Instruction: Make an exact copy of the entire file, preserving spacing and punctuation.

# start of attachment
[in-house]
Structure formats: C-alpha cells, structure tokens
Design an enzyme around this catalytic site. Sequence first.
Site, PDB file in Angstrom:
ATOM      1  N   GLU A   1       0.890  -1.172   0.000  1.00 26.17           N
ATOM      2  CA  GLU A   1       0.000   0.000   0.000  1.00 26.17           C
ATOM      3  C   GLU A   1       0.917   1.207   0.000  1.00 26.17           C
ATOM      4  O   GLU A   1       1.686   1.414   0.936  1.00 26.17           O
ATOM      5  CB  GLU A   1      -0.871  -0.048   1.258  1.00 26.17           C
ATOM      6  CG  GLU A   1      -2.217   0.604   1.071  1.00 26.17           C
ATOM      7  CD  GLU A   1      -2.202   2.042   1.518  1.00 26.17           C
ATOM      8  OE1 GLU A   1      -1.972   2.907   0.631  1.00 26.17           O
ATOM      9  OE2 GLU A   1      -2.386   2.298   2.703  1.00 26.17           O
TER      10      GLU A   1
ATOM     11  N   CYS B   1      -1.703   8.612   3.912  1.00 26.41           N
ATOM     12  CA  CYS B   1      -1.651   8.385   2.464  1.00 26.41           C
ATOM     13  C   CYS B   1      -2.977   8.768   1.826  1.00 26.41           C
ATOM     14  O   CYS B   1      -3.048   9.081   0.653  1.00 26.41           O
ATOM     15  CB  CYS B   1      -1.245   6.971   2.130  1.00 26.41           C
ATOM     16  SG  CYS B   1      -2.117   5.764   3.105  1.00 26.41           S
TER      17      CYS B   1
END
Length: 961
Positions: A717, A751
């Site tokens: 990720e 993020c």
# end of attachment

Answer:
[in-house]
Structure formats: C-alpha cells, structure tokens
Design an enzyme around this catalytic site. Sequence first.
Site, PDB file in Angstrom:
ATOM      1  N   GLU A   1       0.890  -1.172   0.000  1.00 26.17           N
ATOM      2  CA  GLU A   1       0.000   0.000   0.000  1.00 26.17           C
ATOM      3  C   GLU A   1       0.917   1.207   0.000  1.00 26.17           C
ATOM      4  O   GLU A   1       1.686   1.414   0.936  1.00 26.17           O
ATOM      5  CB  GLU A   1      -0.871  -0.048   1.258  1.00 26.17           C
ATOM      6  CG  GLU A   1      -2.217   0.604   1.071  1.00 26.17           C
ATOM      7  CD  GLU A   1      -2.202   2.042   1.518  1.00 26.17           C
ATOM      8  OE1 GLU A   1      -1.972   2.907   0.631  1.00 26.17           O
ATOM      9  OE2 GLU A   1      -2.386   2.298   2.703  1.00 26.17           O
TER      10      GLU A   1
ATOM     11  N   CYS B   1      -1.703   8.612   3.912  1.00 26.41           N
ATOM     12  CA  CYS B   1      -1.651   8.385   2.464  1.00 26.41           C
ATOM     13  C   CYS B   1      -2.977   8.768   1.826  1.00 26.41           C
ATOM     14  O   CYS B   1      -3.048   9.081   0.653  1.00 26.41           O
ATOM     15  CB  CYS B   1      -1.245   6.971   2.130  1.00 26.41           C
ATOM     16  SG  CYS B   1      -2.117   5.764   3.105  1.00 26.41           S
TER      17      CYS B   1
END
Length: 961
Positions: A717, A751
């Site tokens: 990720e 993020c």